HEALTH Huntsworth and Wilmington made acquisitions in healthcare marketing and information provision for 1x and 2x revenues respectively. Informa was also active in this space. The Mission Marketing Group acquired 30 strong medical communications agency RJW & Partners. The cost of £2m upfront and an earn out of more than £4m, sounds reasonable given it made PBT of £400k on just £1.6m of revenues in 2016. IMImobile acquired Healthcare Communications (HC) a provider of patient communication services, working with 140 NHS organisations and delivering more than 100m secure patient communications a year via SMS, IVM, telephone and email through its internally developed ‘Envoy’ software platform saving the NHS time and money, which is no bad thing. HC is growing rapidly with 50% revenue growth. The terms were £9m cash plus £6m earn out and that equates to 2.5x revenues at completion. Funding was provided by a loan from Silicon Valley Bank. Constellation owned Quantitative Medical Systems, the US market leader in dialysis revenue cycle management has acquired Clinical Computing, the developer of a web based electronic medical record solutions for the renal therapeutics market. Clinical Computing’s technology platform has been implemented in the US, Canada, the UK, Australia and New Zealand. “We believe our respective products and markets are complementary and provide our customers and staff with increased choice and opportunity.” said Sanjay Gandhi, CEO of Clinical Computing. 29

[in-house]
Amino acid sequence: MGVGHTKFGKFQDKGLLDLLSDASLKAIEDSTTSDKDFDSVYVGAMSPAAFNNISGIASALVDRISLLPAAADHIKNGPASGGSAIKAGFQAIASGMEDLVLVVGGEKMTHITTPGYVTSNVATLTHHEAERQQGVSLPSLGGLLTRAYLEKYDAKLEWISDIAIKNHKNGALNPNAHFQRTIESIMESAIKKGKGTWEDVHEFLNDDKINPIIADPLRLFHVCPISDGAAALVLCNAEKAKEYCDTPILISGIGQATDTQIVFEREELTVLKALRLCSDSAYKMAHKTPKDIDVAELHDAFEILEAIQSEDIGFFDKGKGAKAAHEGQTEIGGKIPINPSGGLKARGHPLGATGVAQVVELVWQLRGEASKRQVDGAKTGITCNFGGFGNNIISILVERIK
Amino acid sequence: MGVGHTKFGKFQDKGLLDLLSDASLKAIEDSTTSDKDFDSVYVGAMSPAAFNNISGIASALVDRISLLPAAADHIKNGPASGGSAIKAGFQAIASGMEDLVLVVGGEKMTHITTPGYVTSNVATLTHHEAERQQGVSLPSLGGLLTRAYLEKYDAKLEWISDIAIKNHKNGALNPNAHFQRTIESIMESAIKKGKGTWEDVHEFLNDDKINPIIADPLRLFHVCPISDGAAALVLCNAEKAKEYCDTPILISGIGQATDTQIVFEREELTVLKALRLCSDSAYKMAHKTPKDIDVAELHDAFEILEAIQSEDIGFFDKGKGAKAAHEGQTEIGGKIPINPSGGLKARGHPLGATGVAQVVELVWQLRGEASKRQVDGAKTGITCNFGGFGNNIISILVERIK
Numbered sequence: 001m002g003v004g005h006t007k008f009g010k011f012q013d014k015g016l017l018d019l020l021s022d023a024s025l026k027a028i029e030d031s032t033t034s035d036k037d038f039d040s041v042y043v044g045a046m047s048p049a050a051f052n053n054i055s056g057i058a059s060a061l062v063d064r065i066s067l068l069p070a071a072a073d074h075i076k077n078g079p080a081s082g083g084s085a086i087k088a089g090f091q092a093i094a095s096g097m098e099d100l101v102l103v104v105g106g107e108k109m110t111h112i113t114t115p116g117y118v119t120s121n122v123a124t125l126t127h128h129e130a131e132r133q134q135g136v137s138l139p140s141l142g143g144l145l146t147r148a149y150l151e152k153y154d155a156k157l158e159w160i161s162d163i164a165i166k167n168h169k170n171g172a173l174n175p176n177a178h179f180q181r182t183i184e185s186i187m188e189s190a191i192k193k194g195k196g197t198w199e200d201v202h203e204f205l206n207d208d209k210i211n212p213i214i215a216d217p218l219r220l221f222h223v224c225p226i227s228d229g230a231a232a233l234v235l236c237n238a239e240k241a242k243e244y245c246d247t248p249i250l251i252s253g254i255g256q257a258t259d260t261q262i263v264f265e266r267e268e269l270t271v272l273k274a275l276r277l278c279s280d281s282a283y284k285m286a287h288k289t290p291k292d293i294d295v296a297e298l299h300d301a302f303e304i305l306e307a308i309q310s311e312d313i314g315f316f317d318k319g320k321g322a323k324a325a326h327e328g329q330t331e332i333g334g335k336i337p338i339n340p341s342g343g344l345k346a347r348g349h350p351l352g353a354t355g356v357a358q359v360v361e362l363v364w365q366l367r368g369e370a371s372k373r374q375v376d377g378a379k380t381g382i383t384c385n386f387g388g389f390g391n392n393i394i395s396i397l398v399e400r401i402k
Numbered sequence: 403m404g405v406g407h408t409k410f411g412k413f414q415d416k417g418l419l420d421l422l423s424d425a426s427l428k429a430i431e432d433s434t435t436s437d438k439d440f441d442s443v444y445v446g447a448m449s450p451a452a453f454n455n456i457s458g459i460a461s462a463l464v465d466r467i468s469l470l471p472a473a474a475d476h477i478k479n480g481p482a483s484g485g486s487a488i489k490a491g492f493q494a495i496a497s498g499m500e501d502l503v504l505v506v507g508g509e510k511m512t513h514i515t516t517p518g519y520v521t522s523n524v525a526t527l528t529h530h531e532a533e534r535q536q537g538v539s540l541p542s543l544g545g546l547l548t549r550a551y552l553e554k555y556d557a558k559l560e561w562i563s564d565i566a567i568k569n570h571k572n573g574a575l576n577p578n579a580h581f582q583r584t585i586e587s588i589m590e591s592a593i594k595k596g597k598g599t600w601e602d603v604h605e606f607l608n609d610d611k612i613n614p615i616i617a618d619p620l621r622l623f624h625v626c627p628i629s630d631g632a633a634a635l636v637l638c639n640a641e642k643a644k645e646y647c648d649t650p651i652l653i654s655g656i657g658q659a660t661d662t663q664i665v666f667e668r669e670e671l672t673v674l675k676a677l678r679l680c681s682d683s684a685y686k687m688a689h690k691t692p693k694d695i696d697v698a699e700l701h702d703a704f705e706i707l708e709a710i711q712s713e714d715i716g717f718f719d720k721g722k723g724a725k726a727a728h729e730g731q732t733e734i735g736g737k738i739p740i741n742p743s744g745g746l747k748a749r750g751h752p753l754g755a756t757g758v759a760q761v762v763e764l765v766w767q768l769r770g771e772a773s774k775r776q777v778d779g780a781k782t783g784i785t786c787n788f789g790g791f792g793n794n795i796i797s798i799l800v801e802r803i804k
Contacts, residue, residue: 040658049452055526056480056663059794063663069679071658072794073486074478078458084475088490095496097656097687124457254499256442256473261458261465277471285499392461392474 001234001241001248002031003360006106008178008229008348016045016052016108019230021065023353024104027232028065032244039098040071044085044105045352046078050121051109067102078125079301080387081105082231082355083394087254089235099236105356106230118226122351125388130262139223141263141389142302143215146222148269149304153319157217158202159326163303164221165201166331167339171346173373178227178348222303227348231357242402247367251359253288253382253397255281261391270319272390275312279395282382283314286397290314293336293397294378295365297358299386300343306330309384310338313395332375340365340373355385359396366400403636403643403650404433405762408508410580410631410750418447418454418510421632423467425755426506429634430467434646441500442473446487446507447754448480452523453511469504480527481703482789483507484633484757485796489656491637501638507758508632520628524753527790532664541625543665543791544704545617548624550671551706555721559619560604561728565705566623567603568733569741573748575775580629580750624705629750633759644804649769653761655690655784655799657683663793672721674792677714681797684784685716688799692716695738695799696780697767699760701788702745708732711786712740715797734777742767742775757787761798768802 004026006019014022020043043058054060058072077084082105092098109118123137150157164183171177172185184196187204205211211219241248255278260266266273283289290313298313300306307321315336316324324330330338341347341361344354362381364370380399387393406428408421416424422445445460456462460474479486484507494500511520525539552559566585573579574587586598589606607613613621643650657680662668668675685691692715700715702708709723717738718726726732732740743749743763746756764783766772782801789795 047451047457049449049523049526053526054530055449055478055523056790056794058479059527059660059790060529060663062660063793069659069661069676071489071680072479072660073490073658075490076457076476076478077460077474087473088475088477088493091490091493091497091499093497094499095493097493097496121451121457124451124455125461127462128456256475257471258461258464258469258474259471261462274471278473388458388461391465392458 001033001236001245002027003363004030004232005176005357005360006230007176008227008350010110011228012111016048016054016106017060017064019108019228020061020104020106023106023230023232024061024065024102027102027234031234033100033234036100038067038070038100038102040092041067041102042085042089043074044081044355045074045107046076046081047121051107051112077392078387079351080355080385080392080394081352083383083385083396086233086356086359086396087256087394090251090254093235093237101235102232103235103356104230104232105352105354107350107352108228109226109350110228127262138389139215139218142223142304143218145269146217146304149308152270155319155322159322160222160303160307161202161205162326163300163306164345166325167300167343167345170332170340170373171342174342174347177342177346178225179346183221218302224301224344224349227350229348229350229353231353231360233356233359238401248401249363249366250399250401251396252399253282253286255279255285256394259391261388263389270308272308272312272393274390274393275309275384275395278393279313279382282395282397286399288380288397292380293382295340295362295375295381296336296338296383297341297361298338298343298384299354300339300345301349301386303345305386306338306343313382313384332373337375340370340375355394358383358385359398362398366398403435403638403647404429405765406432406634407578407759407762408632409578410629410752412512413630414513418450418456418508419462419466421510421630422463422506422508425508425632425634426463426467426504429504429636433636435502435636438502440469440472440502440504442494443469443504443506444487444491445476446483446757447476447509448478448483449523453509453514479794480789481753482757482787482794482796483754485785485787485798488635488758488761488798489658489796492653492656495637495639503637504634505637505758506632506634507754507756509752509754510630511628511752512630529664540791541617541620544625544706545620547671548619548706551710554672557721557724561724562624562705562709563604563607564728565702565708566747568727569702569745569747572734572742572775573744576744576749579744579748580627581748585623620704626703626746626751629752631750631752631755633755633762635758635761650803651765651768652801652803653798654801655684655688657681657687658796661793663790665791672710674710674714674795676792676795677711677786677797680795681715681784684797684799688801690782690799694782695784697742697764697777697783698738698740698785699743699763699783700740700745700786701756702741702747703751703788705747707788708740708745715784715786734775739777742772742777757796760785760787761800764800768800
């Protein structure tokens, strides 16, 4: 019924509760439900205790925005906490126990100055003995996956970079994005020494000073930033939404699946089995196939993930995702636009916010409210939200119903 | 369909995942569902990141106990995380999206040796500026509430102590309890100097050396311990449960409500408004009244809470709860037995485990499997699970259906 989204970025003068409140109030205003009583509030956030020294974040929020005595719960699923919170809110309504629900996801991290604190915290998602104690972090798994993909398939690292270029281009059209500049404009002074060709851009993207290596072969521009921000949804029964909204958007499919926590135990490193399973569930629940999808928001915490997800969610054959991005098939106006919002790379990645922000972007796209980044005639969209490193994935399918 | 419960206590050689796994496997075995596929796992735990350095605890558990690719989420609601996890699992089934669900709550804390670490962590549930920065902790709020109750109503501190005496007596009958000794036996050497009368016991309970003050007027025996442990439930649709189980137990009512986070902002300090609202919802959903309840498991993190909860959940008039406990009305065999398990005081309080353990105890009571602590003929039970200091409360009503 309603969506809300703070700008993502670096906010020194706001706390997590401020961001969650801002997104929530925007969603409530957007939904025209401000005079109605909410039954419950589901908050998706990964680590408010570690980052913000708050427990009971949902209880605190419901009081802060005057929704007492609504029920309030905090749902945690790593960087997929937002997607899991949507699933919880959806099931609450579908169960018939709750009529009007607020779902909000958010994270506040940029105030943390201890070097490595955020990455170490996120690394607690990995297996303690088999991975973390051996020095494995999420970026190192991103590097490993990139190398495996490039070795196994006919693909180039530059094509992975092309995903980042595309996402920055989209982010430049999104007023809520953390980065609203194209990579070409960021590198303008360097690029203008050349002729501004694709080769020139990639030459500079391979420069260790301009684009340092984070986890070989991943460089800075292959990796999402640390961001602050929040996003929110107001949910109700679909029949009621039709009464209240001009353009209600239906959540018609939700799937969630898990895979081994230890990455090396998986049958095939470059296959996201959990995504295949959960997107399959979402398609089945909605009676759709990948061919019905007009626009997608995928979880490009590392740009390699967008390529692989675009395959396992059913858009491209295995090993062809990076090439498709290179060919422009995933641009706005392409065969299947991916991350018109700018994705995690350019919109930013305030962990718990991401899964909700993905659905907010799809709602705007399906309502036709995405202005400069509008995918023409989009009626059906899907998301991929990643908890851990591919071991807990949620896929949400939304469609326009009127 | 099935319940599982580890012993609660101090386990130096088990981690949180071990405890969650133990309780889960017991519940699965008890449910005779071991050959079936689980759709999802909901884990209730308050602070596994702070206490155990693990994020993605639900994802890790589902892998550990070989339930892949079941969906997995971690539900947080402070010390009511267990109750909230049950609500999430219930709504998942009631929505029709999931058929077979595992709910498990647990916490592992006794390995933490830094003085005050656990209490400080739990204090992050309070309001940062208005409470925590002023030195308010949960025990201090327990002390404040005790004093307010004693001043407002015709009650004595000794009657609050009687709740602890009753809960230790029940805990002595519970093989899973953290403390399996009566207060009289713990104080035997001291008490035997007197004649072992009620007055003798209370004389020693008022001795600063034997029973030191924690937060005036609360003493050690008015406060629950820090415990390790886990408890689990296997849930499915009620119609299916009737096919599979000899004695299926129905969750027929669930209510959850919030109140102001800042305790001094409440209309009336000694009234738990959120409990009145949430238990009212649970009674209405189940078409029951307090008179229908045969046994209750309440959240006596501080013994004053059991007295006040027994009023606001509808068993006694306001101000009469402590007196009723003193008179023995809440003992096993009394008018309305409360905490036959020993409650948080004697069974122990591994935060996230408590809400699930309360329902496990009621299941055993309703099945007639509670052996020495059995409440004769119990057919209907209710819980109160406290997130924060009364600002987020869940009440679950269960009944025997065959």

UK LISTED TECHNOLOGY COMPANIES BEST AND WORST PERFORMERS 2017
RISERS The biggest gainer in 2017 was Zoo Digital which provides cloud-based media production services and software to creative organisations, predominantly in the entertainment industry. A significant uptick in revenues showed a step change in growth helped by “disruptive innovation in the sector by vendors such as Amazon, Hulu, Apple and Google”.
IQE who are now one of the few UK listed semi-conductor companies, has seen its valuation rise and it is now worth over £1.2bn, not bad for a company that has under £150m in revenue, but those are the laws of supply and demand.
WannaCry and Petya – good news for Sophos